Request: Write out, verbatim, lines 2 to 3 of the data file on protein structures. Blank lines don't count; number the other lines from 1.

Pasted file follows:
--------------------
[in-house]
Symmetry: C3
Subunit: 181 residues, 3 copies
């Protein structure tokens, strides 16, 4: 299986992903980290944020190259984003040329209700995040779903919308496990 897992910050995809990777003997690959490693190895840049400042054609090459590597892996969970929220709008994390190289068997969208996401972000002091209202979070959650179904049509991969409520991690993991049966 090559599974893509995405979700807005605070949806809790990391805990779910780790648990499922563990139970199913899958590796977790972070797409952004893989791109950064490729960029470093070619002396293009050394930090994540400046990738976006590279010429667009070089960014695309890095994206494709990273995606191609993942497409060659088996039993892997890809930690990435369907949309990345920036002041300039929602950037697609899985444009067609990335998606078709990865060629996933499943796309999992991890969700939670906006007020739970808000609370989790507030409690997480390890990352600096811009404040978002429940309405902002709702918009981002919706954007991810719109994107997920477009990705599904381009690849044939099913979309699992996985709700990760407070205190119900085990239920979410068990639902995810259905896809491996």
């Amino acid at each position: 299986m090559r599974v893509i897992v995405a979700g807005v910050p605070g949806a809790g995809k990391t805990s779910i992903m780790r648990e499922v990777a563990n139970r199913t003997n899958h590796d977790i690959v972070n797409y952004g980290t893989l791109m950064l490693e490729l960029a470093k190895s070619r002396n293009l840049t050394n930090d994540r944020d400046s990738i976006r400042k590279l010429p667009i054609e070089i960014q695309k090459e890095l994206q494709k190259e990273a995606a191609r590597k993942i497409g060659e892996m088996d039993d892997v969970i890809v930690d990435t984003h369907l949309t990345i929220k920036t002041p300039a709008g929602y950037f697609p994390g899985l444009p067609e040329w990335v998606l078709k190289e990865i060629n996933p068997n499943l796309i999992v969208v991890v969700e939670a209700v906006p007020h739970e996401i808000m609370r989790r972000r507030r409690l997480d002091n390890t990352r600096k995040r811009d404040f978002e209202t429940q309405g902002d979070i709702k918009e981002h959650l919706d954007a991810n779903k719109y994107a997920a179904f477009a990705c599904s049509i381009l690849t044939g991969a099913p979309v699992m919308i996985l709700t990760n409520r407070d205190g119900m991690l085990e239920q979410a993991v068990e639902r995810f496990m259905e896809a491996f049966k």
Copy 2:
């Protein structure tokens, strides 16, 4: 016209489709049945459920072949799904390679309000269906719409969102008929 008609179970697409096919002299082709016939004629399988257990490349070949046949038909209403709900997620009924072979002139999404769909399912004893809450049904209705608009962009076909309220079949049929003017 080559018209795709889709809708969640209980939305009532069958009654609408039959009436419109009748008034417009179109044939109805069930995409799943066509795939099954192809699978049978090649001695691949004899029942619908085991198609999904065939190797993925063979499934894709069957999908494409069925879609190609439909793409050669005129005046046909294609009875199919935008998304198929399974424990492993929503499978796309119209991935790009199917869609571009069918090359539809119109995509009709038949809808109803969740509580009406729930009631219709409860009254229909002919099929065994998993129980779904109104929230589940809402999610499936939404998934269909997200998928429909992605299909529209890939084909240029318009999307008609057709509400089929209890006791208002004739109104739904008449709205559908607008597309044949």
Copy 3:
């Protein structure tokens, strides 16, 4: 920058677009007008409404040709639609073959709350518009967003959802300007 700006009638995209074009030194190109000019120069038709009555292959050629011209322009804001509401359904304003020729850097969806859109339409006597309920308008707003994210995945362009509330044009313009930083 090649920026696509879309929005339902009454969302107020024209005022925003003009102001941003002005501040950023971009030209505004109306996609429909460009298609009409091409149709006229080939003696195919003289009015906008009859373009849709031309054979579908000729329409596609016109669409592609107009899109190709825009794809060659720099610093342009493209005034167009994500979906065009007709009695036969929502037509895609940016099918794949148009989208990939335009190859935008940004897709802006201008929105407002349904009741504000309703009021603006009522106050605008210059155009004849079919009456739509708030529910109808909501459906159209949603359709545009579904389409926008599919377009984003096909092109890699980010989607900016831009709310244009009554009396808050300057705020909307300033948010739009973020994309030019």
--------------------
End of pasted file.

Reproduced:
Symmetry: C3
Subunit: 181 residues, 3 copies